Tags: Paul | Bitcoin | dollar | bank

Ron Paul: Bitcoin Could Be 'Destroyer of the Dollar'

Thursday, 05 Dec 2013 12:36 PM

By Michelle Smith

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Bitcoin could pose a serious threat to the dollar, warns former Rep. Ron Paul, R-Texas.

Last month, the value of Bitcoin surged from around $600 to more than $1200 after a meeting in which U.S. federal authorities appeared to give the virtual currency its blessing, MarketWatch reported.

Though the value has now eased back to about $1,000, it's clear that Bitcoin is garnering increasing amounts of attention.

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"There will be alternatives to the dollar, and this might be one of them," Paul told CNNMoney.

If people start using Bitcoin en masse, Paul said, "It'll go down in history as the destroyer of the dollar."

"Bitcoin really shows governments are behind the curve. It demonstrates there's a demand for an electronic equivalent of cash," University of Michigan professor Miles Kimball also told CNNMoney.

Granted, people may want alternatives to their current currency options. But Paul does not think those with interests in maintaining the current monetary system are such laggards that they will allow a mass conversion to Bitcoin without a fight.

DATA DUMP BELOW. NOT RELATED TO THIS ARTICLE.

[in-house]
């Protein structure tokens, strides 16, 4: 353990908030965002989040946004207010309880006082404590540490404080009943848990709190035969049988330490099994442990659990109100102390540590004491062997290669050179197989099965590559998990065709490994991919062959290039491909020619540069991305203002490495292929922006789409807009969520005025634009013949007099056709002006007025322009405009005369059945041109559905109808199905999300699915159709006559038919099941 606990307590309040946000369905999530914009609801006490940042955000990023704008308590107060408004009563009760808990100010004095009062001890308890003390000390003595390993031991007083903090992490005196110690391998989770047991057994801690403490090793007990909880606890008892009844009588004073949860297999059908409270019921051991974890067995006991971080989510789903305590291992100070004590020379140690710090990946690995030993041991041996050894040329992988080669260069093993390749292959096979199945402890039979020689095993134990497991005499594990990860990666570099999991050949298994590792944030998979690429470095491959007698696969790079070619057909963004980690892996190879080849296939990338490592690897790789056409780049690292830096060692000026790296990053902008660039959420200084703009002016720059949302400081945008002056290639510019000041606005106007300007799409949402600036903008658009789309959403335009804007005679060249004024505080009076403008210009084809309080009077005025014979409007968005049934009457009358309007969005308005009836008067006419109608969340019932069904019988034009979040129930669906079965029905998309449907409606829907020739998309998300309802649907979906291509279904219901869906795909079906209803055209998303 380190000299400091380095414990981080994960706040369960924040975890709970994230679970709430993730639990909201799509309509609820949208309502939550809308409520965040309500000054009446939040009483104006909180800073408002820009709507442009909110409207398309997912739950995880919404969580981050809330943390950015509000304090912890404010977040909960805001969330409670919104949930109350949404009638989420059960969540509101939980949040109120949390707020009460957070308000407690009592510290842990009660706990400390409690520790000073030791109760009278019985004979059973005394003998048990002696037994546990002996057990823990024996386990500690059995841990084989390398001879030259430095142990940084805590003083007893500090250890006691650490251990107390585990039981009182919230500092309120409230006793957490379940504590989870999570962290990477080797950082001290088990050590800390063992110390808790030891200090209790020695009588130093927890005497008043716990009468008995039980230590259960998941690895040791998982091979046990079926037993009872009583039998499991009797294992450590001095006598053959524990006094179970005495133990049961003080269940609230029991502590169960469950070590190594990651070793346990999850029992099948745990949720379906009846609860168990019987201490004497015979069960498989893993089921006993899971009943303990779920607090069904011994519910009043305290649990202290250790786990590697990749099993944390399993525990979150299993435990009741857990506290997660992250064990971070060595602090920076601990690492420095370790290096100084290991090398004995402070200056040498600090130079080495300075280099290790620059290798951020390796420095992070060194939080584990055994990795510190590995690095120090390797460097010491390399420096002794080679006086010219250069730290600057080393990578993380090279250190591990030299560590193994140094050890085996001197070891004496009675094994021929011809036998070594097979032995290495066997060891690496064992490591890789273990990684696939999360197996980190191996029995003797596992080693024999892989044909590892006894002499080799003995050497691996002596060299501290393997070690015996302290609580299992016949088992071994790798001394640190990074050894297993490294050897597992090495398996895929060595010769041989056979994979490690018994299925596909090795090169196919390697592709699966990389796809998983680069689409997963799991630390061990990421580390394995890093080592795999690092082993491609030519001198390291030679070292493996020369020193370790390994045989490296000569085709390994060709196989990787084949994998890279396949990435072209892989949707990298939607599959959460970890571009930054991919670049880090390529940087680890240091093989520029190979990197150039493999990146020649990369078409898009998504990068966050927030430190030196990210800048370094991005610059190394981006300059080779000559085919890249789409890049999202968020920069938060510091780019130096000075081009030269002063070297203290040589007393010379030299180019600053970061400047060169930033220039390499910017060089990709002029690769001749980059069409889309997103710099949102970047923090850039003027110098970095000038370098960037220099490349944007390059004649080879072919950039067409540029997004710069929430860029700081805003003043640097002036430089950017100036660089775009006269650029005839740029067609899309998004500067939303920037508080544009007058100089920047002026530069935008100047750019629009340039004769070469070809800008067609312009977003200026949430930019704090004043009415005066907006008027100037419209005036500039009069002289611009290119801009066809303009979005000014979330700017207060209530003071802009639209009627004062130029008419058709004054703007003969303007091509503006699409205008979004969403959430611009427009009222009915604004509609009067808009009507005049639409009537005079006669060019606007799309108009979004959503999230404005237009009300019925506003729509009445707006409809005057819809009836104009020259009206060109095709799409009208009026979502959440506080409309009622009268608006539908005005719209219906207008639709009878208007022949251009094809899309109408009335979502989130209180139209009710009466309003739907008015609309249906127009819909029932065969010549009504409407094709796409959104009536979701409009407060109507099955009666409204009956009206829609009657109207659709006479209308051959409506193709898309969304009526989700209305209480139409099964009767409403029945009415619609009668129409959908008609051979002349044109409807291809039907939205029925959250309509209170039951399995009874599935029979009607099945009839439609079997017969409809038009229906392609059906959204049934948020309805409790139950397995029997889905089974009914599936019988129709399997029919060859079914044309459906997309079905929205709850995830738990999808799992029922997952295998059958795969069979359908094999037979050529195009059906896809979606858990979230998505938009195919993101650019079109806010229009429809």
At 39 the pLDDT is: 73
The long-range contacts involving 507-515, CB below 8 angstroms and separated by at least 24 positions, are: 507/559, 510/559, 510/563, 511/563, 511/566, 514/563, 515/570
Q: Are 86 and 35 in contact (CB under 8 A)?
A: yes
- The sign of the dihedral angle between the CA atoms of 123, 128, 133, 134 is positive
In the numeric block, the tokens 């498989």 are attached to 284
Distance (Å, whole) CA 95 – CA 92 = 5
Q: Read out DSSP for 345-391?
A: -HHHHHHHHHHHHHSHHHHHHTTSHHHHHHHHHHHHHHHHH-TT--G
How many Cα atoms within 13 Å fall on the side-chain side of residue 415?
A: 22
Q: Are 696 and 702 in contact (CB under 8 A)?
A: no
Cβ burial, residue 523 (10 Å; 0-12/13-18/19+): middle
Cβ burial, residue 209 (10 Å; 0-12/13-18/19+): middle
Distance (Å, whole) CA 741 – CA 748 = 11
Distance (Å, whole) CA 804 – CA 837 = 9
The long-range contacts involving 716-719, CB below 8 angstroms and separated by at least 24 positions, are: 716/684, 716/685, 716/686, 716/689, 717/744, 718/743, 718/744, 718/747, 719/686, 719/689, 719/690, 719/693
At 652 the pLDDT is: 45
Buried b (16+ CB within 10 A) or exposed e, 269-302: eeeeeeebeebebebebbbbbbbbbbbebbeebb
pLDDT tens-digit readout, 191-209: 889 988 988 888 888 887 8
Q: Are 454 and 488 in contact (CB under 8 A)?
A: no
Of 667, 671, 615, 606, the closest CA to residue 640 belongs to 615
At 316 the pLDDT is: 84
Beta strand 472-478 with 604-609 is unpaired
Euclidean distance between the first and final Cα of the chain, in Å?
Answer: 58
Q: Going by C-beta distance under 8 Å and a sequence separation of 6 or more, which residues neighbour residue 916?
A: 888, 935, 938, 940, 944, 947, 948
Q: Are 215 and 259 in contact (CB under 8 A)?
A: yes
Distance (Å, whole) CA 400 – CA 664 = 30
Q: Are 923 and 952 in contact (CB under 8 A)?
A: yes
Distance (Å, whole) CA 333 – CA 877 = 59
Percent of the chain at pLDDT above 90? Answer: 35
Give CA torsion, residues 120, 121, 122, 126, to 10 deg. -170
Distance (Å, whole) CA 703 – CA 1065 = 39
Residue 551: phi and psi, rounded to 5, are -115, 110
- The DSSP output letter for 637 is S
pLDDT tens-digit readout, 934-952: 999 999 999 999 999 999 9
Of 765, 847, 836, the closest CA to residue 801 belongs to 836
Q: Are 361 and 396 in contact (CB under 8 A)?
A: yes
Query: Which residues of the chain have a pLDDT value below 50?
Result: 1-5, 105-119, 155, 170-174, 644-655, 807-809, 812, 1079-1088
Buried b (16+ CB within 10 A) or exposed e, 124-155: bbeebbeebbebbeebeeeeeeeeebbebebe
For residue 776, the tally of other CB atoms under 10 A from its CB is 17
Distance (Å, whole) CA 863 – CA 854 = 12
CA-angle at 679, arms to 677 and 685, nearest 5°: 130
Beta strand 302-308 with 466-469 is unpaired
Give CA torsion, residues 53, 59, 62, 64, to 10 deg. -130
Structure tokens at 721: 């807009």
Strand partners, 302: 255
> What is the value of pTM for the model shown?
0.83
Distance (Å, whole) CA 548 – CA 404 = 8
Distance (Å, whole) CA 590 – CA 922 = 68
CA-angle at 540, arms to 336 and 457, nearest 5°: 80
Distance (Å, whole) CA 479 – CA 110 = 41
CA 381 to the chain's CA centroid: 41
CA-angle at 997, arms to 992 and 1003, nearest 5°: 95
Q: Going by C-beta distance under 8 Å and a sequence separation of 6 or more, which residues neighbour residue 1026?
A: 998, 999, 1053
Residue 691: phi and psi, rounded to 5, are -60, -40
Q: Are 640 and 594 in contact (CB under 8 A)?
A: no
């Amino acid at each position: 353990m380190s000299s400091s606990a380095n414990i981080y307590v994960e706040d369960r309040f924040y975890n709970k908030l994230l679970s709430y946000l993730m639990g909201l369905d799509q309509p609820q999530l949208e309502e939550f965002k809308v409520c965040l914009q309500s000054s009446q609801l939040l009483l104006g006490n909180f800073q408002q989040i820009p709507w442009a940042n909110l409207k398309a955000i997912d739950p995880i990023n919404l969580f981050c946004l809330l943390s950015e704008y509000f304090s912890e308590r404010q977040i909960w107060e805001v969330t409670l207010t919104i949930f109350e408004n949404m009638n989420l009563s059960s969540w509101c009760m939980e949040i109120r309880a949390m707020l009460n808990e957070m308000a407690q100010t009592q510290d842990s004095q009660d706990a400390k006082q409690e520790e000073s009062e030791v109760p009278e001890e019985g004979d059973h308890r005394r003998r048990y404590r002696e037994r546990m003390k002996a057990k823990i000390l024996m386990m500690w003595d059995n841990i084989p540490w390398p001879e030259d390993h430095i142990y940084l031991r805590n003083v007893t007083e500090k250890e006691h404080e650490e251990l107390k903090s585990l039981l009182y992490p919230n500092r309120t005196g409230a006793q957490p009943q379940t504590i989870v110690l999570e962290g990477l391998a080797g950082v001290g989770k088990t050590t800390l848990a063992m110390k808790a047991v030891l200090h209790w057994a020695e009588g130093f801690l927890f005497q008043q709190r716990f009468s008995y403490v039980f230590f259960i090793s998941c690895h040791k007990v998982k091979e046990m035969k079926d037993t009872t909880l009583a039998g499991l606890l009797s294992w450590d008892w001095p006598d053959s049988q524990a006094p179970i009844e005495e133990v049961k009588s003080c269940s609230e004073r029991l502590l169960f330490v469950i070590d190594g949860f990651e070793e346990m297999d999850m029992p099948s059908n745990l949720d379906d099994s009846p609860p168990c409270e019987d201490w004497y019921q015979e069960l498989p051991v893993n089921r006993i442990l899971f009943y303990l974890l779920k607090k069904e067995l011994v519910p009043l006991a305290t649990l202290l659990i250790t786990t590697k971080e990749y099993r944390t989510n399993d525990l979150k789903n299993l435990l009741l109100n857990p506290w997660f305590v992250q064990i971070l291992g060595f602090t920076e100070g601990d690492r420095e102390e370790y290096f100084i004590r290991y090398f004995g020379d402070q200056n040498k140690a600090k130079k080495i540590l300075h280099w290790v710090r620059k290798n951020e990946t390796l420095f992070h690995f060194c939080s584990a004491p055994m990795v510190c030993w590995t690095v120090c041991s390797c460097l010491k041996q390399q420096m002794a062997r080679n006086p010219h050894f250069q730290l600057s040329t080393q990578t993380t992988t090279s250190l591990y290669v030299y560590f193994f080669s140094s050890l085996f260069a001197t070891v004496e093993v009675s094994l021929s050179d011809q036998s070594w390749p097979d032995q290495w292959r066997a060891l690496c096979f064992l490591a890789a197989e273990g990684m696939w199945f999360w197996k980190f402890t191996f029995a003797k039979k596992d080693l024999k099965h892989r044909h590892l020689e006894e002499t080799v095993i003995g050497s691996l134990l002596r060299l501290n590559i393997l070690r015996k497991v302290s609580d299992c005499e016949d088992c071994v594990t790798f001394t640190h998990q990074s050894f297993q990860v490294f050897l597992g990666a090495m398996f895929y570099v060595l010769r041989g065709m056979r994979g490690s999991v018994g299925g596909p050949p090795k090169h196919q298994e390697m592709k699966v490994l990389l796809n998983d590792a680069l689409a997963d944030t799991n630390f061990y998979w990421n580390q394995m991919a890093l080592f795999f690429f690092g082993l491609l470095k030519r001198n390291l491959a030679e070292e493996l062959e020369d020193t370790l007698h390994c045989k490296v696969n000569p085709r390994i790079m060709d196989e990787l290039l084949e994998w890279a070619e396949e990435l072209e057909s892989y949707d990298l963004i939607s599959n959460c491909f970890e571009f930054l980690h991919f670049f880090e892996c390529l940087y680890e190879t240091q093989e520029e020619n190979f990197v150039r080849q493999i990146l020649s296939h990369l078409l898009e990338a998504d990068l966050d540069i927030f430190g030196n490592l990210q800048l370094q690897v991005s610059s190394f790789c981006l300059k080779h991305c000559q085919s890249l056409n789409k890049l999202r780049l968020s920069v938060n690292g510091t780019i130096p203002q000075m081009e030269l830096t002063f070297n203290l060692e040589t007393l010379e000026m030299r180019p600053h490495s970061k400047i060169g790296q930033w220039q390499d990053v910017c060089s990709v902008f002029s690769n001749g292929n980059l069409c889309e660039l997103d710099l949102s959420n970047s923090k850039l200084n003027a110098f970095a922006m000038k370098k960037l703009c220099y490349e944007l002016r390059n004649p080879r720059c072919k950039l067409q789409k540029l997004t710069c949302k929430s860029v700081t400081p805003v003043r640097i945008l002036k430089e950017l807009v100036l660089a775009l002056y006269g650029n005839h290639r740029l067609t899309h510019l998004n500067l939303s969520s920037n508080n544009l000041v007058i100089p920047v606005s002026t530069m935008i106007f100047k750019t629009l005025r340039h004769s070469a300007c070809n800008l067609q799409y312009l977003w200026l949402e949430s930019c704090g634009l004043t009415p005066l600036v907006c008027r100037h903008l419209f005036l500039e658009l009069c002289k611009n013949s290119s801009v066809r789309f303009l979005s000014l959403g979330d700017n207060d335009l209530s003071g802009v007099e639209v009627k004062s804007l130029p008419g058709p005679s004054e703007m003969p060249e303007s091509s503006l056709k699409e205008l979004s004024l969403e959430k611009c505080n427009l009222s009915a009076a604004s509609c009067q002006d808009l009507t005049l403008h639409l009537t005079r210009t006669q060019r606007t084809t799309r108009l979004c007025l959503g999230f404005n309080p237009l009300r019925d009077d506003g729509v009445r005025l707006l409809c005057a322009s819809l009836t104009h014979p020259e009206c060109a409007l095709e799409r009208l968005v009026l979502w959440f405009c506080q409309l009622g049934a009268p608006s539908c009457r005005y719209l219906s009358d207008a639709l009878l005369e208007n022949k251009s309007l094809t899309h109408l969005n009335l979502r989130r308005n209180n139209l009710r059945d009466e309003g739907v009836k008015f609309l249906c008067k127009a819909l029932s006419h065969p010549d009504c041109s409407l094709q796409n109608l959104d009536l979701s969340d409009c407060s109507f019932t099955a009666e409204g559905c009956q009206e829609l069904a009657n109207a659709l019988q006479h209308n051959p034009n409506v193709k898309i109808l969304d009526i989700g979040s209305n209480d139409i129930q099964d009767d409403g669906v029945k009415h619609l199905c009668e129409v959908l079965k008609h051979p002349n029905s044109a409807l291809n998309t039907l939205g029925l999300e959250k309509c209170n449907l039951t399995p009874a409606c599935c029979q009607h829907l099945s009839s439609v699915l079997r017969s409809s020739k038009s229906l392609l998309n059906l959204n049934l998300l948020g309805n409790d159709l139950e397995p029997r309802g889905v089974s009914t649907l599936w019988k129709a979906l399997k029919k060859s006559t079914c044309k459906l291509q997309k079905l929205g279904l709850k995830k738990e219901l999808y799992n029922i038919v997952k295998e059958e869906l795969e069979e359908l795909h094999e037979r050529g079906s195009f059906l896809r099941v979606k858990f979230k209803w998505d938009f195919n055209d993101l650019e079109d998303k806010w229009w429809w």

That shift would pose threats to financial institutions whose businesses are dependent on people using their payment systems. And Paul believes those companies are likely to lobby.

Furthermore, for central banks, the ability to maintain control over currency is a powerful economic tool, and therefore, government authorities are also likely to be sources of opposition for Bitcoin, he added.

"Governments absolutely demand a monopoly on money and credit. They're not going to give it up easily," Paul warned. "They will come down hard."

This week, the People's Bank of China (PBOC) lent some credibility to that prediction. In addition to warning that Bitcoin is risky and rejecting that idea that it's a real currency, the PBOC forbid financial institutions from offering any services involving Bitcoin, MarketWatch reported.

Even Paul has admitted he is hesitant to embrace the digital currency.

"To tell you the truth, it's little bit too complicated. If I can't put it in my pocket, I have some reservations about that," he said earlier this year during an interview with Bloomberg TV.

"People want to see something they can know what it is, they can define it, touch it and put in their pocket," he said. With Bitcoin, "if you do not have a computer and someone running the computer and calculations, you don't have it."

"I am not a big supporter of that, but I am not opposed to it. I admit, I do not fully understand what is going on with it," Paul said.

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